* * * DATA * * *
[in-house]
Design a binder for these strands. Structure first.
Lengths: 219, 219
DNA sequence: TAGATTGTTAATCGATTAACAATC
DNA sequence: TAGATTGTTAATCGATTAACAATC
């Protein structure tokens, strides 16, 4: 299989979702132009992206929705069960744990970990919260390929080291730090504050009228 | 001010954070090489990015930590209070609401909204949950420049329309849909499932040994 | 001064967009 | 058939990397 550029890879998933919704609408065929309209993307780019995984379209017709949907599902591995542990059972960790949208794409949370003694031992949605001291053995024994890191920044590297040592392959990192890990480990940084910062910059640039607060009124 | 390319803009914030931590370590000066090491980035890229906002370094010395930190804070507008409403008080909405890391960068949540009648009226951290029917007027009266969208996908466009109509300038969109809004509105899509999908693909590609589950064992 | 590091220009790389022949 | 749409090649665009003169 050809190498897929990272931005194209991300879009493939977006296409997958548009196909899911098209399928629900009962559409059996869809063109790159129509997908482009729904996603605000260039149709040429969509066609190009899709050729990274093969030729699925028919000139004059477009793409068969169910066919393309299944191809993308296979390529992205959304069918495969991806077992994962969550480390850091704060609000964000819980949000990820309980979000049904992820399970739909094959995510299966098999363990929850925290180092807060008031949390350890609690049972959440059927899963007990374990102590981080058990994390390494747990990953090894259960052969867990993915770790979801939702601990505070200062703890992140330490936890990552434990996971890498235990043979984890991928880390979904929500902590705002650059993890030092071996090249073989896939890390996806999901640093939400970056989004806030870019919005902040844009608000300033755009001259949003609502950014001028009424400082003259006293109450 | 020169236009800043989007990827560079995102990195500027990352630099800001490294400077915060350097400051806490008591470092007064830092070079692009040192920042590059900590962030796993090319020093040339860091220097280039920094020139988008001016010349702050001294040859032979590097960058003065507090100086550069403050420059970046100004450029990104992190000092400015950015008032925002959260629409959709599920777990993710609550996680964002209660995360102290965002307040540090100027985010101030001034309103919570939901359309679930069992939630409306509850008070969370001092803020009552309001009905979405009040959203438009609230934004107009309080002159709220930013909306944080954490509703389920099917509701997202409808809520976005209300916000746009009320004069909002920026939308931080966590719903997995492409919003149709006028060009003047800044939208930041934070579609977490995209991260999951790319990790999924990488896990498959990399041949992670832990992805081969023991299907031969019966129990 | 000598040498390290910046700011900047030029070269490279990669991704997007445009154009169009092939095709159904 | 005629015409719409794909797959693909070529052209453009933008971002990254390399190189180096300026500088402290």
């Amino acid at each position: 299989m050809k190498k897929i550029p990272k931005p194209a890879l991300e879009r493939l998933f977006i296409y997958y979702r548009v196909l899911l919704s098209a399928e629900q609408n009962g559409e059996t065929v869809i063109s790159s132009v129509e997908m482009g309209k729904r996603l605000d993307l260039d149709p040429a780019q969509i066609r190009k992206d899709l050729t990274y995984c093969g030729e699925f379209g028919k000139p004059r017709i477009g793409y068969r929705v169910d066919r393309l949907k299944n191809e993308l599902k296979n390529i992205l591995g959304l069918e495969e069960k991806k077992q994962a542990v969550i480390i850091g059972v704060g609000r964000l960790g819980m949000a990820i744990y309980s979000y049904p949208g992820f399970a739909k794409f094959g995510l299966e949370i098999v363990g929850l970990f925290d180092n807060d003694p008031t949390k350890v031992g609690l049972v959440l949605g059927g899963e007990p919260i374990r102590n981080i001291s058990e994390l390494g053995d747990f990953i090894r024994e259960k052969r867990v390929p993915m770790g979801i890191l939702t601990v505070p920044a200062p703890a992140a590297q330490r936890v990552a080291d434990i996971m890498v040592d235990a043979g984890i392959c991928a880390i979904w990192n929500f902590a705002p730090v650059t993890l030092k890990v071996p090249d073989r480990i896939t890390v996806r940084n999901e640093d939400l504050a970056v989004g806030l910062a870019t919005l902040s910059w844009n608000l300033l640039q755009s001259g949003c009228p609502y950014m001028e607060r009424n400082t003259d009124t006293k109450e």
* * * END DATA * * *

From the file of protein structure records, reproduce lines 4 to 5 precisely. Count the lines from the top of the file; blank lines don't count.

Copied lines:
DNA sequence: TAGATTGTTAATCGATTAACAATC
DNA sequence: TAGATTGTTAATCGATTAACAATC